Daimler unveils first fully electric heavy truck.
Restricted-access zones and regulations on air and noise pollution are a growing consideration as urban population densities rise across large metropolises worldwide: the UN expects there to be nine billion people by 2050, with roughly 70% of them living in cities.
Daimler in turn believes that in the context of growing urbanisation the future of urban distribution means fully electric, zero-emission trucks and expects the market-wide launch of this technology by the beginning of the next decade.
Dr Wolfgang Bernhard, head of Daimler Trucks & Buses, noted: "Electric drive systems previously only saw extremely limited use in trucks. Nowadays costs, performance and charging times develop further so rapidly that now there is a trend reversal in the distribution sector: the time is ripe for the electric truck."
Large cities like as London or Paris are already considering a ban on internal combustion engines in city centres, while rapid improvements in battery storage capacity is significantly lowering the costs associated with fully electric propulsion.
Daimler Trucks expects the costs of batteries to lower by a factor of 2.5 between 1997 and 2025 - from 500 Euro/kWh down to 200 Euro/kWh. At the same time, performance will improve by the same factor over the same period - from 80 Wh/kg up to 200 Wh/kg.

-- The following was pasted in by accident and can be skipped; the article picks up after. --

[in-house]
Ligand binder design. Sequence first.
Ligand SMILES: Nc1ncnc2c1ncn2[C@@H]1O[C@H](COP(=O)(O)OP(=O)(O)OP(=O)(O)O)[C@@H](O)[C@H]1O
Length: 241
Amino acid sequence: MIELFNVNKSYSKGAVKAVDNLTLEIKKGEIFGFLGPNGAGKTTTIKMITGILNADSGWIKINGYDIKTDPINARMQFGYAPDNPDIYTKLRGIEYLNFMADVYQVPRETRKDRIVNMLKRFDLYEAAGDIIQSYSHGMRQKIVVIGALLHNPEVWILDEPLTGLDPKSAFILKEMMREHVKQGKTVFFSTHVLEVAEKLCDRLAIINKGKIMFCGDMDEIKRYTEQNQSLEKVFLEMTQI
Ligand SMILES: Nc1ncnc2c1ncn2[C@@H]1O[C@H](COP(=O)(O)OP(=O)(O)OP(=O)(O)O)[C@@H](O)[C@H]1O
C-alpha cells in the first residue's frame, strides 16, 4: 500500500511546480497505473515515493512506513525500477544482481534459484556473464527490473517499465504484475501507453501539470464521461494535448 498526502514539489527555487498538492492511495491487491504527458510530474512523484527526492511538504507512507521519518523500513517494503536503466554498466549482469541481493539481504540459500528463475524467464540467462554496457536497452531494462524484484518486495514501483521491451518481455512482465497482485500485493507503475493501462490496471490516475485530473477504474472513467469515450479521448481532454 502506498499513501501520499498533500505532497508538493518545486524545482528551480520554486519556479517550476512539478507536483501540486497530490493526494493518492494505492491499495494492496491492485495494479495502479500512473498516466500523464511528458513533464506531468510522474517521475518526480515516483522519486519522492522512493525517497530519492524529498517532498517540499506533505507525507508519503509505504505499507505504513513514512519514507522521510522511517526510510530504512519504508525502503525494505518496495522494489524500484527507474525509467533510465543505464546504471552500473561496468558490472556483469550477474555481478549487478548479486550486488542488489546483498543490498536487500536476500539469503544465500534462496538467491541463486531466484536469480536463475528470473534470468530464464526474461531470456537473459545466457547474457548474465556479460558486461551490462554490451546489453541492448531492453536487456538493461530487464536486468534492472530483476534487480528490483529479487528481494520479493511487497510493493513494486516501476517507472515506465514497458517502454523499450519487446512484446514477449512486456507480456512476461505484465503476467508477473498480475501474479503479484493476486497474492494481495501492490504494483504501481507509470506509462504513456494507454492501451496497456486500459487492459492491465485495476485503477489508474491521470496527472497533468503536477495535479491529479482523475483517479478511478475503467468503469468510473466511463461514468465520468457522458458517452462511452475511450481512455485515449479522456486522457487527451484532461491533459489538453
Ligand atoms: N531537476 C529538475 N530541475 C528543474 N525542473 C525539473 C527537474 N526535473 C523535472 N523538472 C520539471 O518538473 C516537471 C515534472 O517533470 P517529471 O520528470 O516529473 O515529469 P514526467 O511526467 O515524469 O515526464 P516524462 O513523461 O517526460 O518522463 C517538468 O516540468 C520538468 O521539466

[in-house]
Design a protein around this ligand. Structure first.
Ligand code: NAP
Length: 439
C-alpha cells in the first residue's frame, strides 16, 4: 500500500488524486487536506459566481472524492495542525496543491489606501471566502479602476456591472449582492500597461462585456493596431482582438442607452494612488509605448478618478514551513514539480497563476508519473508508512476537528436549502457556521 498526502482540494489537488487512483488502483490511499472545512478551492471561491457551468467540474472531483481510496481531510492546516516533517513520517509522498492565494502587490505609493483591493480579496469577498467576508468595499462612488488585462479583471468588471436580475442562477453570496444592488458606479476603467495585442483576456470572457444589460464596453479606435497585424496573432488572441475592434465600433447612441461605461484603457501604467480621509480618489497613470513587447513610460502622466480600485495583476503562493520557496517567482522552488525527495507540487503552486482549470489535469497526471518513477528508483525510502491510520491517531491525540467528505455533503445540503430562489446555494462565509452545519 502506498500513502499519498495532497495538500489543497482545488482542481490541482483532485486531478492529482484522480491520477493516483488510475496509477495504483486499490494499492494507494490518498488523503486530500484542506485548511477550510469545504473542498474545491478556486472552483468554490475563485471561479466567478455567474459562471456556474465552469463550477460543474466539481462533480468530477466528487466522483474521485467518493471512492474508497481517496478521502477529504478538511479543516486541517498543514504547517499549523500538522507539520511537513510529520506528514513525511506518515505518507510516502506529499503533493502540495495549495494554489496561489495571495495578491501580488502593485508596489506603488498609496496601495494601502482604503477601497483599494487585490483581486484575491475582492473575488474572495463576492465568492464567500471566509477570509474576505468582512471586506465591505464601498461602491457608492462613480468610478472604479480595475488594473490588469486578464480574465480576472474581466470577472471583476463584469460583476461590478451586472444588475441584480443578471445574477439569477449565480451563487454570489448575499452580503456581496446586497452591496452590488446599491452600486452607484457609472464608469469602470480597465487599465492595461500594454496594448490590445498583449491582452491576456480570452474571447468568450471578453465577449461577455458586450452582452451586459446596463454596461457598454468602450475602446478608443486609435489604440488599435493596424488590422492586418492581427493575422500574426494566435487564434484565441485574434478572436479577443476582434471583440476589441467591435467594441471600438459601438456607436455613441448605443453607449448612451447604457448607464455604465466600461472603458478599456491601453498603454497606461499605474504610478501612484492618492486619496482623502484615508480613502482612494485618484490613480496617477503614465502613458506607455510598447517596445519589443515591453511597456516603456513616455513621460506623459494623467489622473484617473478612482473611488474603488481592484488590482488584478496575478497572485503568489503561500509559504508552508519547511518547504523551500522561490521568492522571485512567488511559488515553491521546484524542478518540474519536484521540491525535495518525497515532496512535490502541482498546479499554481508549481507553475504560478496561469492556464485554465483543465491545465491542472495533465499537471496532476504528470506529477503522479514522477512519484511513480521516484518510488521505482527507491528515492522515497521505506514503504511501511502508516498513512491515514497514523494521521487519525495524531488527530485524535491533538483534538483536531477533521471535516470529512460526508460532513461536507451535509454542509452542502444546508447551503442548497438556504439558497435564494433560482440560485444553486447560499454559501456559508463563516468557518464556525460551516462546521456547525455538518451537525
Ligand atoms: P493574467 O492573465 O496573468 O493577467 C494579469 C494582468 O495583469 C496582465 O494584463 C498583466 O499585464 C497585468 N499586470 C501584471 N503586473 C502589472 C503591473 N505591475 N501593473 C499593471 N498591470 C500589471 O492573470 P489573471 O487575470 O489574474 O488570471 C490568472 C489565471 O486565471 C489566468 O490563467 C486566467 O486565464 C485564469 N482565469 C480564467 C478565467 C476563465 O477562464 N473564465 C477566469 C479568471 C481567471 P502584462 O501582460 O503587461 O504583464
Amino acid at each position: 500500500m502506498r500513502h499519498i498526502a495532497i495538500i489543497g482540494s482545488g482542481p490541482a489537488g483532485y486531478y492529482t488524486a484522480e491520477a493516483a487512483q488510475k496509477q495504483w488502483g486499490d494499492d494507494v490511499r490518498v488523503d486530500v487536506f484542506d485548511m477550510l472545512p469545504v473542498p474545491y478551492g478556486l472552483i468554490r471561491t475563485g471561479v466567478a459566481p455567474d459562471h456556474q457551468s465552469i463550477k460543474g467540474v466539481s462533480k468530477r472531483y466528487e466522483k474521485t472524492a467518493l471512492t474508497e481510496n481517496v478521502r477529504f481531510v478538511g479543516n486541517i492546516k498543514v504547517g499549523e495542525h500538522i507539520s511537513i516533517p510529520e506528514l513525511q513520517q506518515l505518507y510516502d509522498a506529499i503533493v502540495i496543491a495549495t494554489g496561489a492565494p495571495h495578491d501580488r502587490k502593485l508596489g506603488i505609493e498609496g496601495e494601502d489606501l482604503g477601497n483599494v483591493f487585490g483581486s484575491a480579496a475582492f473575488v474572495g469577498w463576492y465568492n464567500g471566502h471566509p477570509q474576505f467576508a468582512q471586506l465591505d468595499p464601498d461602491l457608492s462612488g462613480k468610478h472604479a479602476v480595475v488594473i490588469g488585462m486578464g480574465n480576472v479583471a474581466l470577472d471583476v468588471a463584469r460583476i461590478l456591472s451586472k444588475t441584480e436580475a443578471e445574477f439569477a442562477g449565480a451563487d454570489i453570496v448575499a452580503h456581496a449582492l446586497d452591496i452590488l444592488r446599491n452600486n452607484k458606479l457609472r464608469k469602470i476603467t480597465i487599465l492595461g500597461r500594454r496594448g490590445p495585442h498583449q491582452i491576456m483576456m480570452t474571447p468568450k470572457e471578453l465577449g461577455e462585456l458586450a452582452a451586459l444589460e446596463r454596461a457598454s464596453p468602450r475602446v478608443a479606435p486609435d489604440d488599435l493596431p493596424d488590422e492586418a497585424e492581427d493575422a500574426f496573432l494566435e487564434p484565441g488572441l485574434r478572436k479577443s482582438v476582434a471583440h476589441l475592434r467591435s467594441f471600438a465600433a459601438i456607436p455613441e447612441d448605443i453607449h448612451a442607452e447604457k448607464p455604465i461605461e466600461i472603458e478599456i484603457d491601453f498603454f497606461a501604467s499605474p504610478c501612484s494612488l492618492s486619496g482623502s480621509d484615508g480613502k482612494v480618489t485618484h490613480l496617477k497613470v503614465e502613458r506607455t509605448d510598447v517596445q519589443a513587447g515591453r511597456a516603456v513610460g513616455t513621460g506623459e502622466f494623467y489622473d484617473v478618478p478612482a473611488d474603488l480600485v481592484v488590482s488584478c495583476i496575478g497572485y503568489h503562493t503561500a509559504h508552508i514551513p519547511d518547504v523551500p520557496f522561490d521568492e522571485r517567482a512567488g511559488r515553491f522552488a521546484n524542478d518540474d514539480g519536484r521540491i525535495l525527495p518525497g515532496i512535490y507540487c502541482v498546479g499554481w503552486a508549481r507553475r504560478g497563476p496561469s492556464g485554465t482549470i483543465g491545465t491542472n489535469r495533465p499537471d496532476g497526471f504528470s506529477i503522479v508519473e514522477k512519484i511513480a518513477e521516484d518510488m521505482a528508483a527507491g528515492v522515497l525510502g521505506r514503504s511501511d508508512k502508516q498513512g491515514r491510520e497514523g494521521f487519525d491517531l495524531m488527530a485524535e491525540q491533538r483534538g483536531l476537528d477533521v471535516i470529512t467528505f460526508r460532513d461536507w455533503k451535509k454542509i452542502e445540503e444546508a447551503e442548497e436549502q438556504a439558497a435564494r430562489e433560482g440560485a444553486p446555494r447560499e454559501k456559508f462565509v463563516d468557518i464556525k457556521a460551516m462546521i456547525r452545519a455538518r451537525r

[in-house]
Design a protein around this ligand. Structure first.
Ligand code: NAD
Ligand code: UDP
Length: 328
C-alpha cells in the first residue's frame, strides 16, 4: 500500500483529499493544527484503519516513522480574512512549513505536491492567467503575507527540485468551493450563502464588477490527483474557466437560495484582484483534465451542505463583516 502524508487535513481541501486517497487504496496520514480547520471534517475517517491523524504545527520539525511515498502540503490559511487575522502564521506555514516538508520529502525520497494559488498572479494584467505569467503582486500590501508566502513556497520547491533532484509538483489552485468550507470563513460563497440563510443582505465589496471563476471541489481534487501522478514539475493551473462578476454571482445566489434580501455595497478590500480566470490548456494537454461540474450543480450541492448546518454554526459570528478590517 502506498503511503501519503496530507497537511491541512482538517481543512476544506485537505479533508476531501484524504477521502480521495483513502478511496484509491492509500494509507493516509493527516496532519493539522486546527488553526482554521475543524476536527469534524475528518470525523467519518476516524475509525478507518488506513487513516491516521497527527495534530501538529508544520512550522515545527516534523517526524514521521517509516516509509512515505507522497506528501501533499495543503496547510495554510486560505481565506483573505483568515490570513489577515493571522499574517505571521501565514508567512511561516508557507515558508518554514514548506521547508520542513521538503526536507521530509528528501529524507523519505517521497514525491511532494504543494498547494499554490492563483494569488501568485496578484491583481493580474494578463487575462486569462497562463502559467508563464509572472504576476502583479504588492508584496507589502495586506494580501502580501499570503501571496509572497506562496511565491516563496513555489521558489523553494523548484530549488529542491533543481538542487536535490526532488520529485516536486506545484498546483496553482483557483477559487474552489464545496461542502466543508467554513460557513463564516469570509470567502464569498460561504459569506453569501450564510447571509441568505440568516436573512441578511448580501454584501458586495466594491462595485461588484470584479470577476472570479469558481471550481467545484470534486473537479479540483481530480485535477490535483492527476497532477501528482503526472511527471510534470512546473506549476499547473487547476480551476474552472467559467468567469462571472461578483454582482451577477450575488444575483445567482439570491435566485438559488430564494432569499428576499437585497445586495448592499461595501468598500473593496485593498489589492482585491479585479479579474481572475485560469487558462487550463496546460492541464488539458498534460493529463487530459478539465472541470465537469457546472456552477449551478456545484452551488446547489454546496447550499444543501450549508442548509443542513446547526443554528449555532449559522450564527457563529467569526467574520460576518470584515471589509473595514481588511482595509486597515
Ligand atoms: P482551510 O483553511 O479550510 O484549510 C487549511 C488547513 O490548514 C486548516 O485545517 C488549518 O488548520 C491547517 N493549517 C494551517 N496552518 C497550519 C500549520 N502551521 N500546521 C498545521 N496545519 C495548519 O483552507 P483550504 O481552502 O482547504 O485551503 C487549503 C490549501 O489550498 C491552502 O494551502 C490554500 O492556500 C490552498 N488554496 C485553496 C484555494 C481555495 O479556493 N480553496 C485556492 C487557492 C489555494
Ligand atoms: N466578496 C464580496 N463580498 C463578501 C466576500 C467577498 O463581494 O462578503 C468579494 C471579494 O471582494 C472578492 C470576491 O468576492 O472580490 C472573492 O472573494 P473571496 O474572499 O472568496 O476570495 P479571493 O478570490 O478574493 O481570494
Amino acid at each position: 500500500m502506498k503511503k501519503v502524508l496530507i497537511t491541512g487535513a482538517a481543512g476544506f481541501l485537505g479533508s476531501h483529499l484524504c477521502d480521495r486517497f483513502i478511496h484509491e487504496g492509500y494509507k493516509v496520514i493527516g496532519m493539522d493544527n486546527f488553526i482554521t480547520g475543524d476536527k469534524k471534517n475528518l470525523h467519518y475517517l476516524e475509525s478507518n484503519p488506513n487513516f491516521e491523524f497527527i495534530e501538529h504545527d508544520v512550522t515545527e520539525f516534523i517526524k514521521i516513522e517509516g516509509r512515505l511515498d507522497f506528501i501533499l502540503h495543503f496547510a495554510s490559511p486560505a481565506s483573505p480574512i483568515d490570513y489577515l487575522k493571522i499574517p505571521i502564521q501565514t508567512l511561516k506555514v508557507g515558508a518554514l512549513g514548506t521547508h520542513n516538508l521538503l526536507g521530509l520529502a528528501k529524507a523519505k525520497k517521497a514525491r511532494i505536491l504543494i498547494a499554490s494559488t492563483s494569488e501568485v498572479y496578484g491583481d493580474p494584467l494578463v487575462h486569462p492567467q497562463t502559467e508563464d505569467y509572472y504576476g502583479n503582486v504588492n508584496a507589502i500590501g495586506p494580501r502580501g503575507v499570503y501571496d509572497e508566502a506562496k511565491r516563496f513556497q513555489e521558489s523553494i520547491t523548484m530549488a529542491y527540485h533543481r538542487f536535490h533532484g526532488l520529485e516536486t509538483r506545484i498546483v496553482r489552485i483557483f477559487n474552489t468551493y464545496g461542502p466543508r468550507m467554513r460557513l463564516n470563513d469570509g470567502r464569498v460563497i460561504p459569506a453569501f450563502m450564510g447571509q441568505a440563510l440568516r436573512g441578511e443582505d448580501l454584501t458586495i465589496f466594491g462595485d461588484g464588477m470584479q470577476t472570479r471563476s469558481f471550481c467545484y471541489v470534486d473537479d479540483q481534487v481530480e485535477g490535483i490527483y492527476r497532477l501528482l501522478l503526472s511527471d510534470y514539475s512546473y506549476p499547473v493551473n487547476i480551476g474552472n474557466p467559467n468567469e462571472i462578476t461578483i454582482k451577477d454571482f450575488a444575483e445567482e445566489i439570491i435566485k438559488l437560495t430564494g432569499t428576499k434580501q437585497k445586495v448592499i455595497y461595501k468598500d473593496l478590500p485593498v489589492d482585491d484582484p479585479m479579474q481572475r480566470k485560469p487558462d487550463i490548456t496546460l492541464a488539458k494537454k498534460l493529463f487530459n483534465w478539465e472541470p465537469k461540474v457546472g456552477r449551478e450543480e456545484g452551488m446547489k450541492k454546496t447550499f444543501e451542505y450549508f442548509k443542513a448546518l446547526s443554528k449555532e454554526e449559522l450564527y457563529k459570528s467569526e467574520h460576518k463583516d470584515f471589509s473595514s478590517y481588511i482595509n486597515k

Technically the Mercedes-Benz Urban eTruck is based on a heavy-duty, three-axle short-radius Mercedes-Benz distribution truck.
However, the developers at Daimler Trucks have replaced the entire conventional drivetrain with a new electrically driven rear axle with electric motors directly adjacent to the wheel hubs - derived from the electric rear axle which was developed for the Mercedes-Benz Citaro hybrid bus.
The power is supplied by three lithium-ion battery modules, resulting in a range of up to 200 km, and thanks to the location of the motors adjacent to the wheel hubs, the batteries are housed in a crash-proof location inside the frame.
Stefan Buchner, head of Mercedes-Benz Trucks: "With the Mercedes-Benz Urban eTruck, we are underlining our intention to systematically developing the electric drive in trucks to series production maturity. We will now begin to integrate customers to gain valuable joint experience with respect to the operating ranges and the charging infrastructure in daily transport operations."
In the light distribution sector, Daimler Trucks has already been impressively demonstrating the day-to-day suitability of the fully electric truck in customer trials with the Fuso Canter E-Cell since 2014.
In the first fleet trials in Portugal, with ranges of over 100 kilometres the vehicles exceeded the average daily distance covered by many trucks in light-duty short-radius distribution, and cross more than 50,000km over the course of a year yielded operating costs that were 64% lower on average.
Dr Wolfgang Bernhard added: "In light distribution trucks, our Fuso Canter E-Cell has already been undergoing intensive customer trials since 2014, and with the Mercedes-Benz Urban eTruck, we are now electrifying the heavy distribution segment up to 26 tonnes. We intend to establish electric driving as systematically as autonomous and connected driving."
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